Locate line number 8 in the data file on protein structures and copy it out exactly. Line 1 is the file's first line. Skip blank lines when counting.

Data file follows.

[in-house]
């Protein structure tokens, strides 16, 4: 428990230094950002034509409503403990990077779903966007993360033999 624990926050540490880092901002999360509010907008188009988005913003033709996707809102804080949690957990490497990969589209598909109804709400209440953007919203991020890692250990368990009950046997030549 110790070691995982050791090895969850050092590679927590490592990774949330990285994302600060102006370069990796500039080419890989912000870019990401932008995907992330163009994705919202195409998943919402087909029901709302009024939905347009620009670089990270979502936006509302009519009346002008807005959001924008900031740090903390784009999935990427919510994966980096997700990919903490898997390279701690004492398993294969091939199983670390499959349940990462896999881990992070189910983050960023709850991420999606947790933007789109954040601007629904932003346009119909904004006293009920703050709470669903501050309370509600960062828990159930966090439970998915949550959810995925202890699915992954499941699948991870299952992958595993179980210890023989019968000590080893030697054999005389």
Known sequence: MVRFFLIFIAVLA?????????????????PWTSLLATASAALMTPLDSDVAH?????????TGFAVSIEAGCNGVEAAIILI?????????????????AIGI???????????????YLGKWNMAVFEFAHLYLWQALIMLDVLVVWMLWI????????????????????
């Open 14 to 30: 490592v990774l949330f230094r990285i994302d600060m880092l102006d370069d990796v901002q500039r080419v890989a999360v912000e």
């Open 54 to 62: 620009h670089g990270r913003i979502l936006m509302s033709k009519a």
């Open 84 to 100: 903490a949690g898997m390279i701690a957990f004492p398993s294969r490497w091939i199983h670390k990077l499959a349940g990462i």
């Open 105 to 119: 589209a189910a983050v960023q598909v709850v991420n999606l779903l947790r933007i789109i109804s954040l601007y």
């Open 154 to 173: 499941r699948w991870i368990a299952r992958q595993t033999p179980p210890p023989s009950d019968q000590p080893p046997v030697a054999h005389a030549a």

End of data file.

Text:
């Open 154 to 173: 499941r699948w991870i368990a299952r992958q595993t033999p179980p210890p023989s009950d019968q000590p080893p046997v030697a054999h005389a030549a």